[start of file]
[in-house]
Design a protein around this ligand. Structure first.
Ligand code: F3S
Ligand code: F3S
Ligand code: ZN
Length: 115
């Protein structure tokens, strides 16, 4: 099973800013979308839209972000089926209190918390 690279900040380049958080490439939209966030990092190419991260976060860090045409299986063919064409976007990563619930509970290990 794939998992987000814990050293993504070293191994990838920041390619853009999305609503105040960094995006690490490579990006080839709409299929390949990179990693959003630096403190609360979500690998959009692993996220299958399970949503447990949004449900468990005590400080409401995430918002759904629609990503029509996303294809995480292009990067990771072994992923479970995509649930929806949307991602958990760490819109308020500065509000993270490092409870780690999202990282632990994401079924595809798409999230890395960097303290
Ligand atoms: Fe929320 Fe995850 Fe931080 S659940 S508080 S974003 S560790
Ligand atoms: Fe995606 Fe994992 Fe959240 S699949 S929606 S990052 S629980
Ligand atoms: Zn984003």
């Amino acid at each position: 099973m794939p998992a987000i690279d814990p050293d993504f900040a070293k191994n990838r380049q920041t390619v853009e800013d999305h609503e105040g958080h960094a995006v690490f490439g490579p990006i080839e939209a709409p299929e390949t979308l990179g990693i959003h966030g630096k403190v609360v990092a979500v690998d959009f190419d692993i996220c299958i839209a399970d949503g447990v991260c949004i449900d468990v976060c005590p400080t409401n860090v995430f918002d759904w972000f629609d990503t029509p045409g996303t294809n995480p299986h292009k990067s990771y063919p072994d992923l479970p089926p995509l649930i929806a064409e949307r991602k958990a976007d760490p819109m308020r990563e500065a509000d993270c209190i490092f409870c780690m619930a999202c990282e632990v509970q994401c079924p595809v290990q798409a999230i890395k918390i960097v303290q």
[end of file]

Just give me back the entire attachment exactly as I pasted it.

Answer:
[in-house]
Design a protein around this ligand. Structure first.
Ligand code: F3S
Ligand code: F3S
Ligand code: ZN
Length: 115
């Protein structure tokens, strides 16, 4: 099973800013979308839209972000089926209190918390 690279900040380049958080490439939209966030990092190419991260976060860090045409299986063919064409976007990563619930509970290990 794939998992987000814990050293993504070293191994990838920041390619853009999305609503105040960094995006690490490579990006080839709409299929390949990179990693959003630096403190609360979500690998959009692993996220299958399970949503447990949004449900468990005590400080409401995430918002759904629609990503029509996303294809995480292009990067990771072994992923479970995509649930929806949307991602958990760490819109308020500065509000993270490092409870780690999202990282632990994401079924595809798409999230890395960097303290
Ligand atoms: Fe929320 Fe995850 Fe931080 S659940 S508080 S974003 S560790
Ligand atoms: Fe995606 Fe994992 Fe959240 S699949 S929606 S990052 S629980
Ligand atoms: Zn984003």
């Amino acid at each position: 099973m794939p998992a987000i690279d814990p050293d993504f900040a070293k191994n990838r380049q920041t390619v853009e800013d999305h609503e105040g958080h960094a995006v690490f490439g490579p990006i080839e939209a709409p299929e390949t979308l990179g990693i959003h966030g630096k403190v609360v990092a979500v690998d959009f190419d692993i996220c299958i839209a399970d949503g447990v991260c949004i449900d468990v976060c005590p400080t409401n860090v995430f918002d759904w972000f629609d990503t029509p045409g996303t294809n995480p299986h292009k990067s990771y063919p072994d992923l479970p089926p995509l649930i929806a064409e949307r991602k958990a976007d760490p819109m308020r990563e500065a509000d993270c209190i490092f409870c780690m619930a999202c990282e632990v509970q994401c079924p595809v290990q798409a999230i890395k918390i960097v303290q």